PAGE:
Scylla

Babe_Ruth

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#1
Sulla

Me and my friend where talking about History and he's currently studying ancient History and he mentioned this guy named Scylla, and I was very interested about what he has done, can anyone tell me a lot about this guy, supposely he was better and wiser then Ceasar, is that True? I know I can look it up on Google, but I rather hear it from you guys.
 

Merc

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#2
According to wikipedia . . Scylla is from ancient Greek mythology and is a name shared by a princess and female sea monster.

You sure you're spelling that right or that your buddy knew what he was talking about?
 

Vidic15

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#4

Yeah. He is probably talking about Sulla..The Great Lucius Cornelius Sulla.

He was described as half a fox and half a lion. He was a Roman general and Dictactor...He lived between 138 BC–78 or 79 (not sure) BC.

He was succeded by Julius Ceaser, but Sulla was better and smarter than him.

Sulla died in 78 or 79BC (I am not sure). He died of a liver failure.

Cornellia Sulla was his wife, after he died, she married Julius Ceser and is his second wife.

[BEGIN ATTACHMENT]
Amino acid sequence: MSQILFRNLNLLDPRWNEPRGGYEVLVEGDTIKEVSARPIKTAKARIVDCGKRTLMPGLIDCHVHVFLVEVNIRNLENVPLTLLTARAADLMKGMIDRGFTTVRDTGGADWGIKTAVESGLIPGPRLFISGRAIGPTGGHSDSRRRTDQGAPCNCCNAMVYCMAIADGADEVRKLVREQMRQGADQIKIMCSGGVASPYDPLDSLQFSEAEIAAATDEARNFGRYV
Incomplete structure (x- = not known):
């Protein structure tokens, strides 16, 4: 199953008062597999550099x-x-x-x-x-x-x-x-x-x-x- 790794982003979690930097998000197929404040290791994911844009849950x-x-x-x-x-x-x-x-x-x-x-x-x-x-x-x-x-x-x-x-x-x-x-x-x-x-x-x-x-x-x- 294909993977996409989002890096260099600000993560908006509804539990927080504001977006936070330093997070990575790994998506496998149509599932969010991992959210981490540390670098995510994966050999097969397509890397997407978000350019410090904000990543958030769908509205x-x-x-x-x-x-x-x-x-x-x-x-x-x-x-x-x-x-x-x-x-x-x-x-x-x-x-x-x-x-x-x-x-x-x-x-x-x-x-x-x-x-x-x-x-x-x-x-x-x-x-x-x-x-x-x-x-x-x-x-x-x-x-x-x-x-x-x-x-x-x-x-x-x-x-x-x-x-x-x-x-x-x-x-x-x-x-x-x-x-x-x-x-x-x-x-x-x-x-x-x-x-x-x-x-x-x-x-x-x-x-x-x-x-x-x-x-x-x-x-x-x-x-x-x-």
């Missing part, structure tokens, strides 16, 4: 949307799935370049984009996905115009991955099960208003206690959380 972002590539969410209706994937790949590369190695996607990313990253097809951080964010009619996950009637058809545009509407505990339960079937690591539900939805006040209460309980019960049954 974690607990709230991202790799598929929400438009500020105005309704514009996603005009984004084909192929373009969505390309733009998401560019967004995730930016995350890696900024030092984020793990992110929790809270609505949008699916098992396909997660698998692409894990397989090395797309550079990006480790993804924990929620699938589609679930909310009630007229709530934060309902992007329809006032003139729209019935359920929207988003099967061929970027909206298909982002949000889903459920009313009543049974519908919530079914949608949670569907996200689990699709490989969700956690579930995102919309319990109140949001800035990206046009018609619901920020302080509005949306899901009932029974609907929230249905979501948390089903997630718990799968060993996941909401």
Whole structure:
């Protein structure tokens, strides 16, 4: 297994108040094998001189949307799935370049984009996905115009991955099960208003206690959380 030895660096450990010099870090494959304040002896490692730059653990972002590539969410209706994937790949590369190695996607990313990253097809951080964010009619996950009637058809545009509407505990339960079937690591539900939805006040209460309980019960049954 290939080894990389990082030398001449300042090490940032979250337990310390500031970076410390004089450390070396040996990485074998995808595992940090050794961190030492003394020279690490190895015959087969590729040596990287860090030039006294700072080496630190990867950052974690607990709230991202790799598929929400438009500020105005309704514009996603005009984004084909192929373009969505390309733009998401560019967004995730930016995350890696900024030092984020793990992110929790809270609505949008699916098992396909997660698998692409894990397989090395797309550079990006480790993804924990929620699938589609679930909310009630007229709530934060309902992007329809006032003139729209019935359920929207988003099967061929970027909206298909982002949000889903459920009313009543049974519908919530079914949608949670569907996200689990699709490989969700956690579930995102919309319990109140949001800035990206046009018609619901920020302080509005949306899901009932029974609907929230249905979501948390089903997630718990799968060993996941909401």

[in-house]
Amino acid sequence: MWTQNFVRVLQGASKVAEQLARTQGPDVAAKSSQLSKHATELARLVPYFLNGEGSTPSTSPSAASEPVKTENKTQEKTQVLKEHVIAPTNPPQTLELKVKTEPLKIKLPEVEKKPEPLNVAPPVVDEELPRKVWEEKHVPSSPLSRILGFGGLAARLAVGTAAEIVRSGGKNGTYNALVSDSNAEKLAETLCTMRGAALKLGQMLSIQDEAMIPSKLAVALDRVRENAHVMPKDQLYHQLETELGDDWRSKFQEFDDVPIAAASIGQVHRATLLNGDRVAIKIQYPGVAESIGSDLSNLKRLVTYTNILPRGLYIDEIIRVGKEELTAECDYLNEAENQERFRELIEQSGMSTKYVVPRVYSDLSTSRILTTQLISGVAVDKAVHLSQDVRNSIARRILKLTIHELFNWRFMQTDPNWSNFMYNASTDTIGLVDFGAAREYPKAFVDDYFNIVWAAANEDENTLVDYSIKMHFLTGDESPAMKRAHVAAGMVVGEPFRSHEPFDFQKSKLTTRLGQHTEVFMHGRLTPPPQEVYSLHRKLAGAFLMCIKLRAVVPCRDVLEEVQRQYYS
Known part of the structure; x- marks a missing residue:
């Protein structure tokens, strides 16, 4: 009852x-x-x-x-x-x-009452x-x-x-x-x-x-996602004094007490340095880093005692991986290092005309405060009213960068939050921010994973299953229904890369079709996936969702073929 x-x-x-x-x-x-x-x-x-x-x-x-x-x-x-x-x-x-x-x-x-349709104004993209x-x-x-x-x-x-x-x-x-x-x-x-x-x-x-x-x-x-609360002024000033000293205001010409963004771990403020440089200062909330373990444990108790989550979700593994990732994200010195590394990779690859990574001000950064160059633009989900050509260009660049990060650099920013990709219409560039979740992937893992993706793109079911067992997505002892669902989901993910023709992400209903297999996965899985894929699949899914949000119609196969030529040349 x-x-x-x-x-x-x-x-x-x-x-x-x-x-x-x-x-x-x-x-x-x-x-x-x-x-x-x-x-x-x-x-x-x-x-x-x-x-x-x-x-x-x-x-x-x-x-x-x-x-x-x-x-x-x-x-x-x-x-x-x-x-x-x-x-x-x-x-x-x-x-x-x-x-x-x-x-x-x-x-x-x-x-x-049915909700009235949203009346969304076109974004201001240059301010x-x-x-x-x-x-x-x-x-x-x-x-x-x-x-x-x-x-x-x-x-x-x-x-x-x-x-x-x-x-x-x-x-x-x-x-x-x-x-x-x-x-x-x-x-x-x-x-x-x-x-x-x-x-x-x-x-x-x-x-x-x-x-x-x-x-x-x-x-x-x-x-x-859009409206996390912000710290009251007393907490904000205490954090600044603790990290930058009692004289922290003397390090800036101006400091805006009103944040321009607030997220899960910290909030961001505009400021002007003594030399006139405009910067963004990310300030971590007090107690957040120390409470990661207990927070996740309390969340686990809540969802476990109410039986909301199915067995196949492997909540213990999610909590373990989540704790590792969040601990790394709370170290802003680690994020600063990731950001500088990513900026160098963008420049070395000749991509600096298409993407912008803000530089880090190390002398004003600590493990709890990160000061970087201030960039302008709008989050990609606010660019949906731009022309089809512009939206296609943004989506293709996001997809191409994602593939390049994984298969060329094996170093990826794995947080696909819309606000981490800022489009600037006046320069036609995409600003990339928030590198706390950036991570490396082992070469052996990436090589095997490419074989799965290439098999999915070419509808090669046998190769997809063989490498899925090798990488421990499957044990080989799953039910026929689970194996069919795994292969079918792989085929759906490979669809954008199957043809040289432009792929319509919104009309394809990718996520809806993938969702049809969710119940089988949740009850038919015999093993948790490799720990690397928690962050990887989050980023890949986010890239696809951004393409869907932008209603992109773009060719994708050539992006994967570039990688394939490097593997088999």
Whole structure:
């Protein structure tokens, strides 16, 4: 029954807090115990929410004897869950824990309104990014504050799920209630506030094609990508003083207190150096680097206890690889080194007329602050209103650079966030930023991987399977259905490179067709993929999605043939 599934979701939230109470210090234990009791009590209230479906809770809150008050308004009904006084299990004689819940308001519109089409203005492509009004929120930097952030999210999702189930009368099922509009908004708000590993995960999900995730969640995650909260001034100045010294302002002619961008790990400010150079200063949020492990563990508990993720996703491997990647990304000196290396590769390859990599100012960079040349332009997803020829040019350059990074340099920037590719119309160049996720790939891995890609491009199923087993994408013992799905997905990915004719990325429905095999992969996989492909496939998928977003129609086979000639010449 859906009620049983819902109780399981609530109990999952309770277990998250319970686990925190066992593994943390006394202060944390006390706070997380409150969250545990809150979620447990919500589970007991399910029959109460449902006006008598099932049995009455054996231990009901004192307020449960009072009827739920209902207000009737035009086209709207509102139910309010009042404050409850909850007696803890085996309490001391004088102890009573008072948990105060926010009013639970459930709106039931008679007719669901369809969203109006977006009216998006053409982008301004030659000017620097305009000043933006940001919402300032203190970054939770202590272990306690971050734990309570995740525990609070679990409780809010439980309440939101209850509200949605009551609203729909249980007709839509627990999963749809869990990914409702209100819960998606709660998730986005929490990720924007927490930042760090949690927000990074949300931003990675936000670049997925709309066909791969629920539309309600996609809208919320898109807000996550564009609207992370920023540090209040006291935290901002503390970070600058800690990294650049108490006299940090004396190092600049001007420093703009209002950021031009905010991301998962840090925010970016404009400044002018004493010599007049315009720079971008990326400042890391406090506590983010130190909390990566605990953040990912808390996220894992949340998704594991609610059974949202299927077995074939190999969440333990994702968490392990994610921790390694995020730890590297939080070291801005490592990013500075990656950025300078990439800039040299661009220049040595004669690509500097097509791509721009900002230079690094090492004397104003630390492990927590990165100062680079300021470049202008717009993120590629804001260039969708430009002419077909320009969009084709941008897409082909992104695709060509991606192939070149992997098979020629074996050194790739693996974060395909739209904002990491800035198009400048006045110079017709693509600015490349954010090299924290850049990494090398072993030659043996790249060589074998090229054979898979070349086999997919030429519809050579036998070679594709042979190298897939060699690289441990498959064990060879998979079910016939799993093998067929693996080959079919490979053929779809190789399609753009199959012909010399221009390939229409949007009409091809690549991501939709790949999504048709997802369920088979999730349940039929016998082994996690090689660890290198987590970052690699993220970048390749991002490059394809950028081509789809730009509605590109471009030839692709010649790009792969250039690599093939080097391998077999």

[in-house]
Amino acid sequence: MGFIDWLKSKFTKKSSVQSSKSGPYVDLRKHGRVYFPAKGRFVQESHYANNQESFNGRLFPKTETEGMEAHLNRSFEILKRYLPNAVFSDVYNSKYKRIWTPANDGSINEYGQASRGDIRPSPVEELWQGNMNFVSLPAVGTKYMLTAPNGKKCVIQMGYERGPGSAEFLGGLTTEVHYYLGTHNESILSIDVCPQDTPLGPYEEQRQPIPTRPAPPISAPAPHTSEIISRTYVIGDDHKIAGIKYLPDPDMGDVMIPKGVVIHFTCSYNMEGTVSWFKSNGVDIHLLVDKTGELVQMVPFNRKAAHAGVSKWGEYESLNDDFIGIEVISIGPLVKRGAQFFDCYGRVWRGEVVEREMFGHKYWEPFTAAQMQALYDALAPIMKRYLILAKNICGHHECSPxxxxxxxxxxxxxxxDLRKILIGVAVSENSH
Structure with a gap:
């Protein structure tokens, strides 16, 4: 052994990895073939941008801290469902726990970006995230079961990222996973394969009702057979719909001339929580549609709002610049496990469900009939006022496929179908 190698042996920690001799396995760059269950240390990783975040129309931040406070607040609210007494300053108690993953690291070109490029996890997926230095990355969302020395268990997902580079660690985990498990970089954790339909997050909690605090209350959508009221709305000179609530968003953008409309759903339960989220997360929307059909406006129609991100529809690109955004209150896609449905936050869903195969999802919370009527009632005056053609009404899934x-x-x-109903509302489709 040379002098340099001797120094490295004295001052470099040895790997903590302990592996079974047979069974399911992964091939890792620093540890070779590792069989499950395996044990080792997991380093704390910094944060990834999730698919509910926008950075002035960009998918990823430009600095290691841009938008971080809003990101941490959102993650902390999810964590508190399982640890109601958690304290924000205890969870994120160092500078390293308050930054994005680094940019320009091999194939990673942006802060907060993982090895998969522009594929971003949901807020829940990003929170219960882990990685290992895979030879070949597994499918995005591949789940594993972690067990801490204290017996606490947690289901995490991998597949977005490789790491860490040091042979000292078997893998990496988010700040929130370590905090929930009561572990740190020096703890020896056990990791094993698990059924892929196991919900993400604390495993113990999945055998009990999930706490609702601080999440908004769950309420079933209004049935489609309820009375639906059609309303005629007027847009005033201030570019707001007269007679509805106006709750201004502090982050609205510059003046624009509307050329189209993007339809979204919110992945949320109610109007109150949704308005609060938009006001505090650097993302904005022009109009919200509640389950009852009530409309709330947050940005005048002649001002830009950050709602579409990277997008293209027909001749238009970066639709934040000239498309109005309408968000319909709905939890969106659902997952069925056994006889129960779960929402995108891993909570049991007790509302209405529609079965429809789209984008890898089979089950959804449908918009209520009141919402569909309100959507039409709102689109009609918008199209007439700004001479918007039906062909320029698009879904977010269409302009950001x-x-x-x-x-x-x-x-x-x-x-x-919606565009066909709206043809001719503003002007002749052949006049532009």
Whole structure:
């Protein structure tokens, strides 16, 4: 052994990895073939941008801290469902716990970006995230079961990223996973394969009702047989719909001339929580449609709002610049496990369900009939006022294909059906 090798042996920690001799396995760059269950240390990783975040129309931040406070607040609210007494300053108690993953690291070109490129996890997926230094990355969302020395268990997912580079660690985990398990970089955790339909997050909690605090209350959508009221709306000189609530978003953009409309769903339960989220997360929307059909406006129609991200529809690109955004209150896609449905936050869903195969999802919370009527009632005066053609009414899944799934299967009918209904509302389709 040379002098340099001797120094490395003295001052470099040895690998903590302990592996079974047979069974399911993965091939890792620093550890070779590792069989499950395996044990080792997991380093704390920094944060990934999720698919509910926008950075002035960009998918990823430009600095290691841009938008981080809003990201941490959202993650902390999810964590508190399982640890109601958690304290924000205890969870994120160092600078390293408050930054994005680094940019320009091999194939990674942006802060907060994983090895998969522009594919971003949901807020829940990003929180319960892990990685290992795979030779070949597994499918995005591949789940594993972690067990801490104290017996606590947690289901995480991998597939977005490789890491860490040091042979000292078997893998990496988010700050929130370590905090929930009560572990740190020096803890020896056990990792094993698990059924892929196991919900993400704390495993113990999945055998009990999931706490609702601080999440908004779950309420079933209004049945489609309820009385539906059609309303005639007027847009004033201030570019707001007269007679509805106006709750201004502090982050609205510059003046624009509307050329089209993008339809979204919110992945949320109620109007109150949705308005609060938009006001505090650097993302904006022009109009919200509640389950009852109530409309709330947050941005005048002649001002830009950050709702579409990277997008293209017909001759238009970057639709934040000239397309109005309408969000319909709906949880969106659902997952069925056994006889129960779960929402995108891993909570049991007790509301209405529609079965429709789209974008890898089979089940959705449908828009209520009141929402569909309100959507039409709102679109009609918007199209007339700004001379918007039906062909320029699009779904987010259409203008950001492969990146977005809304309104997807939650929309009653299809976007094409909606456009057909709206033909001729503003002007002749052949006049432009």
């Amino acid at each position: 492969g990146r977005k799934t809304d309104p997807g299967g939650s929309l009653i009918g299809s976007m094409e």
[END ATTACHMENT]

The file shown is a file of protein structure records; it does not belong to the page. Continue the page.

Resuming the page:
In 83BC, he returned to italy and invaded it For the second time since he was a general.


(I have done a project on him, And this was not copied from Wikipedia)
 

Babe_Ruth

Sultan of Swat
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#5
Yeah sorry guys for the mistake of is name, I just found out the proper spelling today, thanks for the description of him Alex, very well done. But if anyone has more detailed information about him, it would help me a lot, I am really intrigue by him.
 
#6
Lessee... he was able to take power because of the vaccuum created by the ineffectiveness of the Senate. I think he was the first non-military dictator, and he was given power indefinitely. He tried to restore the Roman Republic, but ironically he laid the political groundwork for Caesar and Augustus to establish the Empire. Rome famously had no king since Tarquin the Proud, so the office of the Imperator was created by repeatedly assigning hereditary positions to the same person. Caesar (ironically once Sulla's enemy, as reported by Tacitus) was later able to marry into Sulla's family, which helped him to establish his own legitimacy; Augustus in turn was adopted by Caesar, which allowed him to gain power; then Augustus adopted Claudius, which established the tradition for succession of the Emperor. It should also be noted that, much like today, Roman history has been greatly muddied by political revisionists, so many specific details about all these figures are highly suspect.